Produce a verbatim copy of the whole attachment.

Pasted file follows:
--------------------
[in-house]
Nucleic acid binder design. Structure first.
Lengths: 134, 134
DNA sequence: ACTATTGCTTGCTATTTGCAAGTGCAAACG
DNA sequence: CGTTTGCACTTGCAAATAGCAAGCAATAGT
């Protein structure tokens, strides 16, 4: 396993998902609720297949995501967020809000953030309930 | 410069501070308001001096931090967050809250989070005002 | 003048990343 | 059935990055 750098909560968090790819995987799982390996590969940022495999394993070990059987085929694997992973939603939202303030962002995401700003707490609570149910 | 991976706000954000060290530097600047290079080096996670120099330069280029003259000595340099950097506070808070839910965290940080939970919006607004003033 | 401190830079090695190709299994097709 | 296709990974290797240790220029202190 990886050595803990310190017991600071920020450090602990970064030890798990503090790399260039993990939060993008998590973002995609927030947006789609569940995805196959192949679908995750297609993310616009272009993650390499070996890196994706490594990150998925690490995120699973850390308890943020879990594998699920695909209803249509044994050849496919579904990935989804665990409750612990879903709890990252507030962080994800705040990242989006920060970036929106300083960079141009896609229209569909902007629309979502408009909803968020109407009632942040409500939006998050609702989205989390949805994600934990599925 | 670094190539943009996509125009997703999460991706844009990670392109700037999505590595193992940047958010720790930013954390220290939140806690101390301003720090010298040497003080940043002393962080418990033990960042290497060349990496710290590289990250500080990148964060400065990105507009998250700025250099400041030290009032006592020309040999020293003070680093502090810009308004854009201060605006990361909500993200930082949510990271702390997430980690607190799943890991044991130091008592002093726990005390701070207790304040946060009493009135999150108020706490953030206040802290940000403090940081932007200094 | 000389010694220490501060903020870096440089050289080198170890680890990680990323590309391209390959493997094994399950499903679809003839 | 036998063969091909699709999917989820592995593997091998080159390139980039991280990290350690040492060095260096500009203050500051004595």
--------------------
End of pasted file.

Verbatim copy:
[in-house]
Nucleic acid binder design. Structure first.
Lengths: 134, 134
DNA sequence: ACTATTGCTTGCTATTTGCAAGTGCAAACG
DNA sequence: CGTTTGCACTTGCAAATAGCAAGCAATAGT
């Protein structure tokens, strides 16, 4: 396993998902609720297949995501967020809000953030309930 | 410069501070308001001096931090967050809250989070005002 | 003048990343 | 059935990055 750098909560968090790819995987799982390996590969940022495999394993070990059987085929694997992973939603939202303030962002995401700003707490609570149910 | 991976706000954000060290530097600047290079080096996670120099330069280029003259000595340099950097506070808070839910965290940080939970919006607004003033 | 401190830079090695190709299994097709 | 296709990974290797240790220029202190 990886050595803990310190017991600071920020450090602990970064030890798990503090790399260039993990939060993008998590973002995609927030947006789609569940995805196959192949679908995750297609993310616009272009993650390499070996890196994706490594990150998925690490995120699973850390308890943020879990594998699920695909209803249509044994050849496919579904990935989804665990409750612990879903709890990252507030962080994800705040990242989006920060970036929106300083960079141009896609229209569909902007629309979502408009909803968020109407009632942040409500939006998050609702989205989390949805994600934990599925 | 670094190539943009996509125009997703999460991706844009990670392109700037999505590595193992940047958010720790930013954390220290939140806690101390301003720090010298040497003080940043002393962080418990033990960042290497060349990496710290590289990250500080990148964060400065990105507009998250700025250099400041030290009032006592020309040999020293003070680093502090810009308004854009201060605006990361909500993200930082949510990271702390997430980690607190799943890991044991130091008592002093726990005390701070207790304040946060009493009135999150108020706490953030206040802290940000403090940081932007200094 | 000389010694220490501060903020870096440089050289080198170890680890990680990323590309391209390959493997094994399950499903679809003839 | 036998063969091909699709999917989820592995593997091998080159390139980039991280990290350690040492060095260096500009203050500051004595």